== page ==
Applying these principles to the case at bar, it is obvious that no evidence exists to support any finding that petitioner in fact formed a belief that it was necessary for him to kill the victim in order to protect himself from death or great bodily harm. Bush II, 307 N.C. at 161, 297 S.E.2d at 569. Petitioner's own testimony indicates that Marshburn, at worst, pushed him and told him to get out of his house. Bush testified that the deceased "had not threatened to use a weapon" against him nor had he attempted to even strike the petitioner, except by pushing him with his hands. Id. at 159, 297 S.E.2d at 568. No evidence was presented that Marshburn, a 65 year old man, was so large or powerful that this conduct caused the petitioner, a 20 year old Marine, to be unduly alarmed or afraid for his life. Id.

To the extent petitioner testified that he was "nervous" and "afraid," these statements do not amount to evidence that Bush had formed any subjective belief that it was necessary to kill the victim in order to save himself from death or great bodily harm. Id. Nor do they provide any support for the proposition that if such a belief actually existed, that it was reasonable. 307 N.C. at 161, 297 S.E.2d at 569. Indeed, petitioner's own testimony leaves little doubt but that the circumstances as they existed at the time of the killing were totally insufficient to create any reasonable fear by Bush of death or great bodily harm. Id.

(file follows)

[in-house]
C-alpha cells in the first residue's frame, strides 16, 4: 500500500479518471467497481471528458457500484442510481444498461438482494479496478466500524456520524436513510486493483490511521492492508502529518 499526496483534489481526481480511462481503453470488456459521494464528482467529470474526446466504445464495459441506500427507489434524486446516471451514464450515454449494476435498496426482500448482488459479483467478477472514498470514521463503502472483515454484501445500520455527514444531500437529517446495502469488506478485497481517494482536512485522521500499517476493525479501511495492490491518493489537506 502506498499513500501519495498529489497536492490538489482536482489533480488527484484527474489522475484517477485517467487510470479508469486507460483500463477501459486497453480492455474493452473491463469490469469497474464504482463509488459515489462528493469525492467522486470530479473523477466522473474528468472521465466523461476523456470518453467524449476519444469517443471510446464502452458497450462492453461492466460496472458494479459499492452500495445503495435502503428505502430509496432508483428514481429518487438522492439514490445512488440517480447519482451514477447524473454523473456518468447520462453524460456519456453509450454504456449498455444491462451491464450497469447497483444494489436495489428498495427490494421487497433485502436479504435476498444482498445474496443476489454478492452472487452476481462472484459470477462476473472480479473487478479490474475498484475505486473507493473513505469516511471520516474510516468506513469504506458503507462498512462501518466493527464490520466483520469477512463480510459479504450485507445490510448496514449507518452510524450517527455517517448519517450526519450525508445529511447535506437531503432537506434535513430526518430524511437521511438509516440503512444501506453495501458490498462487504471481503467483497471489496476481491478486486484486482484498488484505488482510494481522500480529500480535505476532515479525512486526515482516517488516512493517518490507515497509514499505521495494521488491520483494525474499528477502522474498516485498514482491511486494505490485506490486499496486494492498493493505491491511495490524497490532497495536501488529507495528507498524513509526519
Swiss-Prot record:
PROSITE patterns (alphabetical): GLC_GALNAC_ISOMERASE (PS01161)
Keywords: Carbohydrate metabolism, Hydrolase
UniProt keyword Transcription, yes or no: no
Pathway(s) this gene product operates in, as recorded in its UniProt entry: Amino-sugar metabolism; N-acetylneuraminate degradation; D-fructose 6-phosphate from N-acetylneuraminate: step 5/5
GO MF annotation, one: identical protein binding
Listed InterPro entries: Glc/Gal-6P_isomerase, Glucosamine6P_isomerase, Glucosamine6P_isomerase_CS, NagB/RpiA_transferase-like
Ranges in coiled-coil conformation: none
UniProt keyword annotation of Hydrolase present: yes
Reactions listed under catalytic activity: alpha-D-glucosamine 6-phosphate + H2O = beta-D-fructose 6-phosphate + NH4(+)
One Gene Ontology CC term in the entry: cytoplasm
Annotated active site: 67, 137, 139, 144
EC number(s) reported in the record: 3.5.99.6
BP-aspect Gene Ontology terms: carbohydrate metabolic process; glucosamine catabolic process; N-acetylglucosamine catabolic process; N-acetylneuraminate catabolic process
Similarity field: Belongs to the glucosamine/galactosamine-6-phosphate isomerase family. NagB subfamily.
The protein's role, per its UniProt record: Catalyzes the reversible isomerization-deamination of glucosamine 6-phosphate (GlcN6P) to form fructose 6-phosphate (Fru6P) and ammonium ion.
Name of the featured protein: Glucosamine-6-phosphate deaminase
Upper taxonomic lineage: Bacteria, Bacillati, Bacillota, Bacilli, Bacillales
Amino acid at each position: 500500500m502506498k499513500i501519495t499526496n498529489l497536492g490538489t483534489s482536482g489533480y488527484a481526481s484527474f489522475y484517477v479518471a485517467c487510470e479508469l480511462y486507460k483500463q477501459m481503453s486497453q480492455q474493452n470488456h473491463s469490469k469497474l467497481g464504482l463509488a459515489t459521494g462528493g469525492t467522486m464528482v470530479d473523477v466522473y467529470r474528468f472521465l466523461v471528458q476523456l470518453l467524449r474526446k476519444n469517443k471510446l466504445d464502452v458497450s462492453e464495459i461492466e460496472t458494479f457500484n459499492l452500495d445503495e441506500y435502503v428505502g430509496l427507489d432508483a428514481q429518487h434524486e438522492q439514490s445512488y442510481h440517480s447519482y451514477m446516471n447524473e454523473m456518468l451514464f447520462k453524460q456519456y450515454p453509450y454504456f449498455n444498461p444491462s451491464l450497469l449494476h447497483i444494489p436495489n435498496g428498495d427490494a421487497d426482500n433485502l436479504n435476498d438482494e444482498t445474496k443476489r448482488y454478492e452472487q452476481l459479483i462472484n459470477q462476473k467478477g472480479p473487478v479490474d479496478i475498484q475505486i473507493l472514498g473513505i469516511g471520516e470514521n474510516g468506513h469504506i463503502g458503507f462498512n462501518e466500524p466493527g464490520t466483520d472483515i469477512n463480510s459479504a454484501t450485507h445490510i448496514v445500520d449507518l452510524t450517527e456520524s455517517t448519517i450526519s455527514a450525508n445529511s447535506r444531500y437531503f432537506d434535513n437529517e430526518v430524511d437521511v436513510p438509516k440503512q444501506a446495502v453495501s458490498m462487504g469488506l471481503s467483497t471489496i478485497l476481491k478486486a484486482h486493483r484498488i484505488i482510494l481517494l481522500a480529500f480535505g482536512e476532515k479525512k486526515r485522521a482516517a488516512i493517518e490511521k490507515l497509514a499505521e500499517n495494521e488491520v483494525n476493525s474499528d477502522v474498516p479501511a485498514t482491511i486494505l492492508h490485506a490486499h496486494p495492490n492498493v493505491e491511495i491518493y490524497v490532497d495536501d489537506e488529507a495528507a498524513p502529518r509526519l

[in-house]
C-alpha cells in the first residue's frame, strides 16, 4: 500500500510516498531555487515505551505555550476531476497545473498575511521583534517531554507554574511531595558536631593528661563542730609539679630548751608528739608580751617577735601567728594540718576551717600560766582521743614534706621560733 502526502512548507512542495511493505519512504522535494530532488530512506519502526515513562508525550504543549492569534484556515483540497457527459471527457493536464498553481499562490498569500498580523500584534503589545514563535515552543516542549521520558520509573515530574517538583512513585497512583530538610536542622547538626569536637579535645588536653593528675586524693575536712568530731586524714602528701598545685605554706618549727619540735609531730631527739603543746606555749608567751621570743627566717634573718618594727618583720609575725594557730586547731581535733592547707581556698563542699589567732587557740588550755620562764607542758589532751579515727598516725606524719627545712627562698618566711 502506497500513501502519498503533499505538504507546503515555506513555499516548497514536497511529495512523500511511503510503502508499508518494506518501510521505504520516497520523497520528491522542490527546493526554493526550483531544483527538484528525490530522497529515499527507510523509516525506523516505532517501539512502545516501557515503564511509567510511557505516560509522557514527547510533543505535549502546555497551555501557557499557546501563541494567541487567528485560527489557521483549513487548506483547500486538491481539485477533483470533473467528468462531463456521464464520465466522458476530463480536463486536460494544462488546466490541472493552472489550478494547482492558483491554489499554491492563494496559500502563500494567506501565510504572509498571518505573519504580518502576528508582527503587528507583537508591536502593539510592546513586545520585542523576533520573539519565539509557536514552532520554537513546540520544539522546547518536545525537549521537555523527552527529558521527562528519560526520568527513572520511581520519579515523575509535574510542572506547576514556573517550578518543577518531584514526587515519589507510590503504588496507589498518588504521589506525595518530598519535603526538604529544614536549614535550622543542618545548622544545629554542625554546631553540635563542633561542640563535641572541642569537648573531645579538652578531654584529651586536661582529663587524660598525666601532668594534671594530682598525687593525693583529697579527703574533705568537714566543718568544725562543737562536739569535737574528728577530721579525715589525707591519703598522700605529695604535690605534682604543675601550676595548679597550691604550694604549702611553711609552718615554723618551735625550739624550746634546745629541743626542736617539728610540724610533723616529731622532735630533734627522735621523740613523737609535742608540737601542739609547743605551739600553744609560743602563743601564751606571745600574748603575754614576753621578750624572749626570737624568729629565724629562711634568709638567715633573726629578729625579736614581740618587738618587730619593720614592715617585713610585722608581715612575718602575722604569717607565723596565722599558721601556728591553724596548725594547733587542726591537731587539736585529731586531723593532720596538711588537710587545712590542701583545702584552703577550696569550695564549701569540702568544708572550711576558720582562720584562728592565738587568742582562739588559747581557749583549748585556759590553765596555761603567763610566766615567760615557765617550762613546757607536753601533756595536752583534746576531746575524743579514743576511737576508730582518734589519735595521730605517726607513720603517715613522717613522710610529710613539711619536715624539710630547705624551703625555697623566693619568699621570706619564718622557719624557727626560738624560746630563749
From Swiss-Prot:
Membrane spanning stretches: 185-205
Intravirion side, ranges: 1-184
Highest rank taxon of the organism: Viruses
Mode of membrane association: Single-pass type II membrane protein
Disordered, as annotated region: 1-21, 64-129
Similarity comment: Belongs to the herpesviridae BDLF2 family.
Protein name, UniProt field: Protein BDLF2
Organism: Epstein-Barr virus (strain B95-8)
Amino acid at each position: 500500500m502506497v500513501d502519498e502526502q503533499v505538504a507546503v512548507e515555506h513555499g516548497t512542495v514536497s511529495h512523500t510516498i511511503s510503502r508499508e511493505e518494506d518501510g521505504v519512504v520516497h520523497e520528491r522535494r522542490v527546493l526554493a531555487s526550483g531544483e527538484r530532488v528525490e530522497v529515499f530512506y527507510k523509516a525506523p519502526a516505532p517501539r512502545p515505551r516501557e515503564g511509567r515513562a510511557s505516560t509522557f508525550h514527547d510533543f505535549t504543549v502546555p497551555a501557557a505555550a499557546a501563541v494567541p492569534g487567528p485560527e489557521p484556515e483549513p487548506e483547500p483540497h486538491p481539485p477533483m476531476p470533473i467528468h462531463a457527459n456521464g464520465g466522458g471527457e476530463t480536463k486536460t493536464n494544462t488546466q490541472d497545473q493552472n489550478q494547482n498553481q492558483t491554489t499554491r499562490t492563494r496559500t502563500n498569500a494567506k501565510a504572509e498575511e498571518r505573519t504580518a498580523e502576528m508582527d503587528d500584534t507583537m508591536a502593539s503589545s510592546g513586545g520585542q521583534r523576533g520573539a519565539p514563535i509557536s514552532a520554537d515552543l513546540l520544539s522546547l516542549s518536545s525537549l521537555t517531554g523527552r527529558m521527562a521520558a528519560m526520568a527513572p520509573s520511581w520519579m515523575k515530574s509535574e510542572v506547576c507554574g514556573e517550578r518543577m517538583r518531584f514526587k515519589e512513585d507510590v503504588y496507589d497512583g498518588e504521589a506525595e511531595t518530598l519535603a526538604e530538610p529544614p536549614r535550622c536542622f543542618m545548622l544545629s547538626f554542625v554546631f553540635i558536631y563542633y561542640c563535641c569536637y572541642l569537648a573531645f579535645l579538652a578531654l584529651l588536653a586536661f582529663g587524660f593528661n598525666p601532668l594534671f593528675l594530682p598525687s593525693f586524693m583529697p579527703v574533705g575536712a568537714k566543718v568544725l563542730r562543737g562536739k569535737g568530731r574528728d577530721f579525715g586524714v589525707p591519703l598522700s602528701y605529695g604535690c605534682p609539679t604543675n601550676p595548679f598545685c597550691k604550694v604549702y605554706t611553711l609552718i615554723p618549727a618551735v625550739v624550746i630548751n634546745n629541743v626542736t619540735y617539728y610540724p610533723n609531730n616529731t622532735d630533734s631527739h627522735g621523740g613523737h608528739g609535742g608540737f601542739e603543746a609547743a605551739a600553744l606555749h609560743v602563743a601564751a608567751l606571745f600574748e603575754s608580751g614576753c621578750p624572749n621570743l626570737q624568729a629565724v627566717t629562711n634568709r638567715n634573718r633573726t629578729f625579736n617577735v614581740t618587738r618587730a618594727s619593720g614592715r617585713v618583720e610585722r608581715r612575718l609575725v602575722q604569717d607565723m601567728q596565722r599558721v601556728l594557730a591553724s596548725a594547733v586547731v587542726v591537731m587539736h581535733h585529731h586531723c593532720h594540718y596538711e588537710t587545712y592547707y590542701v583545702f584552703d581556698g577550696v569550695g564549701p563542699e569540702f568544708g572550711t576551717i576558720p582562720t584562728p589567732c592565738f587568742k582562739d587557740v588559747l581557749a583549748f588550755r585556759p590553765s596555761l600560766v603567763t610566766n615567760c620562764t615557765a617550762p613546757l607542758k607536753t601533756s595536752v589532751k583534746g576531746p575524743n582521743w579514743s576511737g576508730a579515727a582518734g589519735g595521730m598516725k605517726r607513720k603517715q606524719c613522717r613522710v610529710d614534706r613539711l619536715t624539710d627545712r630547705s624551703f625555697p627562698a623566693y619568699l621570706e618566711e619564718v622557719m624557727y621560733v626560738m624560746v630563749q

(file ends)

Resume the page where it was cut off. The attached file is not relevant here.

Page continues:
Thus, although as everyone agrees, the trial court erred in placing on the defendant the burden of proving self-defense to the satisfaction of the jury, 307 N.C. at 158 n. 2, 297 S.E.2d at 567 n. 2, this error was favorable to the petitioner and harmless beyond any reasonable doubt, since it resulted in the jury's consideration of a defense which Bush was not actually entitled to have considered based on the evidence presented at trial. 307 N.C. at 161, 297 S.E.2d at 569.

Furthermore, assuming arguendo that petitioner was entitled, under state law, to have the jury properly consider his imperfect self-defense claim, absent extraordinary circumstances impugning the petitioner's right to a fair trial and due process of law, the sufficiency of the evidence for purposes of instructing the jury is solely a matter of state law only and does not present a cognizable constitutional issue on habeas review. See Grundler v. North Carolina, 283 F.2d 798, 802 (4th Cir. 1960). Nothing in this record would indicate Bush was so deserving of this instruction that the fact it was given improperly violated petitioner's right to a fair trial. Accordingly, Bush's claim of error with regard to the trial court's instructions on self-defense is hereby DISMISSED.